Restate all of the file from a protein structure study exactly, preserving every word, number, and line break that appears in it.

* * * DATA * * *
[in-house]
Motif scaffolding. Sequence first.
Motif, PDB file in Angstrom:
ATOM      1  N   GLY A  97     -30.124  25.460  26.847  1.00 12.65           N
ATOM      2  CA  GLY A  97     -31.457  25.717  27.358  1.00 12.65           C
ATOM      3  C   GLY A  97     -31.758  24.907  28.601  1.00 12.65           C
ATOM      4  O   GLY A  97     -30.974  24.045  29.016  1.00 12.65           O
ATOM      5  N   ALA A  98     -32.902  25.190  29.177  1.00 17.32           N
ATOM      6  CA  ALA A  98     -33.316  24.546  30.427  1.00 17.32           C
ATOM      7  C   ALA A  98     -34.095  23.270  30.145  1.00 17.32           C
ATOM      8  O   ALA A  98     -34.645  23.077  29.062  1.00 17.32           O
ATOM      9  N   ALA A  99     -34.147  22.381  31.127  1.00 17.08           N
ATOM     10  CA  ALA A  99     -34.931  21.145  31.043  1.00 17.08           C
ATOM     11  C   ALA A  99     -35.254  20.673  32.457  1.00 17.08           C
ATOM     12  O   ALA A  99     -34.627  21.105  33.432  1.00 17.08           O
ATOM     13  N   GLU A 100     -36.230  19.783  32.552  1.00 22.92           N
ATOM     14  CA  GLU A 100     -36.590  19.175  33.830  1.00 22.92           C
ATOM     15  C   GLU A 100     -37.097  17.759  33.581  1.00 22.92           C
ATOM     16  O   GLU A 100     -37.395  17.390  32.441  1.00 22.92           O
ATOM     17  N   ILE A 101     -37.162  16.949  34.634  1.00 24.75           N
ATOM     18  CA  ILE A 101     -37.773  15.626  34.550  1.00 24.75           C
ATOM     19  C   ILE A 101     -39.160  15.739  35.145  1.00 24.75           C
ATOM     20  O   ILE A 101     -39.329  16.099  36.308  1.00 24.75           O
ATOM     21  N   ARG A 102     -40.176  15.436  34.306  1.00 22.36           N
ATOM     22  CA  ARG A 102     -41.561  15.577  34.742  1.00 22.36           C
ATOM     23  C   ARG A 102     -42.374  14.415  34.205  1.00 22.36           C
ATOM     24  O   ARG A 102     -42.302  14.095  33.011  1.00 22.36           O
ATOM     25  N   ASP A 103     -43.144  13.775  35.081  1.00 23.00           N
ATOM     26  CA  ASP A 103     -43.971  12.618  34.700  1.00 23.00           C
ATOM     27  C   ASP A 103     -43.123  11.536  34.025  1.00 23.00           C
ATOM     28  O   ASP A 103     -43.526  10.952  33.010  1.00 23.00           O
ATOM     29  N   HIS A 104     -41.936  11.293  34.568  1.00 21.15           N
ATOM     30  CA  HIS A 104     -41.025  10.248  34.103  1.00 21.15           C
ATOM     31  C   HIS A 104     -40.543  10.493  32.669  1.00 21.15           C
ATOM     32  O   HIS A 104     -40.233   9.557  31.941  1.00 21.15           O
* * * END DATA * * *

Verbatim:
[in-house]
Motif scaffolding. Sequence first.
Motif, PDB file in Angstrom:
ATOM      1  N   GLY A  97     -30.124  25.460  26.847  1.00 12.65           N
ATOM      2  CA  GLY A  97     -31.457  25.717  27.358  1.00 12.65           C
ATOM      3  C   GLY A  97     -31.758  24.907  28.601  1.00 12.65           C
ATOM      4  O   GLY A  97     -30.974  24.045  29.016  1.00 12.65           O
ATOM      5  N   ALA A  98     -32.902  25.190  29.177  1.00 17.32           N
ATOM      6  CA  ALA A  98     -33.316  24.546  30.427  1.00 17.32           C
ATOM      7  C   ALA A  98     -34.095  23.270  30.145  1.00 17.32           C
ATOM      8  O   ALA A  98     -34.645  23.077  29.062  1.00 17.32           O
ATOM      9  N   ALA A  99     -34.147  22.381  31.127  1.00 17.08           N
ATOM     10  CA  ALA A  99     -34.931  21.145  31.043  1.00 17.08           C
ATOM     11  C   ALA A  99     -35.254  20.673  32.457  1.00 17.08           C
ATOM     12  O   ALA A  99     -34.627  21.105  33.432  1.00 17.08           O
ATOM     13  N   GLU A 100     -36.230  19.783  32.552  1.00 22.92           N
ATOM     14  CA  GLU A 100     -36.590  19.175  33.830  1.00 22.92           C
ATOM     15  C   GLU A 100     -37.097  17.759  33.581  1.00 22.92           C
ATOM     16  O   GLU A 100     -37.395  17.390  32.441  1.00 22.92           O
ATOM     17  N   ILE A 101     -37.162  16.949  34.634  1.00 24.75           N
ATOM     18  CA  ILE A 101     -37.773  15.626  34.550  1.00 24.75           C
ATOM     19  C   ILE A 101     -39.160  15.739  35.145  1.00 24.75           C
ATOM     20  O   ILE A 101     -39.329  16.099  36.308  1.00 24.75           O
ATOM     21  N   ARG A 102     -40.176  15.436  34.306  1.00 22.36           N
ATOM     22  CA  ARG A 102     -41.561  15.577  34.742  1.00 22.36           C
ATOM     23  C   ARG A 102     -42.374  14.415  34.205  1.00 22.36           C
ATOM     24  O   ARG A 102     -42.302  14.095  33.011  1.00 22.36           O
ATOM     25  N   ASP A 103     -43.144  13.775  35.081  1.00 23.00           N
ATOM     26  CA  ASP A 103     -43.971  12.618  34.700  1.00 23.00           C
ATOM     27  C   ASP A 103     -43.123  11.536  34.025  1.00 23.00           C
ATOM     28  O   ASP A 103     -43.526  10.952  33.010  1.00 23.00           O
ATOM     29  N   HIS A 104     -41.936  11.293  34.568  1.00 21.15           N
ATOM     30  CA  HIS A 104     -41.025  10.248  34.103  1.00 21.15           C
ATOM     31  C   HIS A 104     -40.543  10.493  32.669  1.00 21.15           C
ATOM     32  O   HIS A 104     -40.233   9.557  31.941  1.00 21.15           O